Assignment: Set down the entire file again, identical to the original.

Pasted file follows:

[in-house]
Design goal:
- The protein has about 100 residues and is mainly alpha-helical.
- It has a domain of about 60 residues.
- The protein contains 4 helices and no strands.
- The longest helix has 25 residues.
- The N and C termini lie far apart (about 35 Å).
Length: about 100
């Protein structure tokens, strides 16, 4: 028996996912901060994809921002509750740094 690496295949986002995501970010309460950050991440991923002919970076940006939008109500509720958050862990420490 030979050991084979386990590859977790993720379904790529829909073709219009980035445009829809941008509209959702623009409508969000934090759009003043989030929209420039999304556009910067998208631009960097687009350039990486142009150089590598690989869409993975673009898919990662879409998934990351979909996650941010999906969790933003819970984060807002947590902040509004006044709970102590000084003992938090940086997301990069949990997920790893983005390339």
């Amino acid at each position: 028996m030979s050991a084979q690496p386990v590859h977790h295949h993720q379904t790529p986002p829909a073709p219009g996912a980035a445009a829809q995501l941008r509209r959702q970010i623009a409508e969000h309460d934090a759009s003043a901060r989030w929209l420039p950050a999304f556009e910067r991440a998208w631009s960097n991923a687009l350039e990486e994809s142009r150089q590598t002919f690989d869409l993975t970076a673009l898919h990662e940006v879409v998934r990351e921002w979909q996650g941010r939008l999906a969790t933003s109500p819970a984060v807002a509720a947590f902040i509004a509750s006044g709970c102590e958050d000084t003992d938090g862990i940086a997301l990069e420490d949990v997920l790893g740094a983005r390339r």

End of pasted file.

[in-house]
Design goal:
- The protein has about 100 residues and is mainly alpha-helical.
- It has a domain of about 60 residues.
- The protein contains 4 helices and no strands.
- The longest helix has 25 residues.
- The N and C termini lie far apart (about 35 Å).
Length: about 100
């Protein structure tokens, strides 16, 4: 028996996912901060994809921002509750740094 690496295949986002995501970010309460950050991440991923002919970076940006939008109500509720958050862990420490 030979050991084979386990590859977790993720379904790529829909073709219009980035445009829809941008509209959702623009409508969000934090759009003043989030929209420039999304556009910067998208631009960097687009350039990486142009150089590598690989869409993975673009898919990662879409998934990351979909996650941010999906969790933003819970984060807002947590902040509004006044709970102590000084003992938090940086997301990069949990997920790893983005390339």
């Amino acid at each position: 028996m030979s050991a084979q690496p386990v590859h977790h295949h993720q379904t790529p986002p829909a073709p219009g996912a980035a445009a829809q995501l941008r509209r959702q970010i623009a409508e969000h309460d934090a759009s003043a901060r989030w929209l420039p950050a999304f556009e910067r991440a998208w631009s960097n991923a687009l350039e990486e994809s142009r150089q590598t002919f690989d869409l993975t970076a673009l898919h990662e940006v879409v998934r990351e921002w979909q996650g941010r939008l999906a969790t933003s109500p819970a984060v807002a509720a947590f902040i509004a509750s006044g709970c102590e958050d000084t003992d938090g862990i940086a997301l990069e420490d949990v997920l790893g740094a983005r390339r």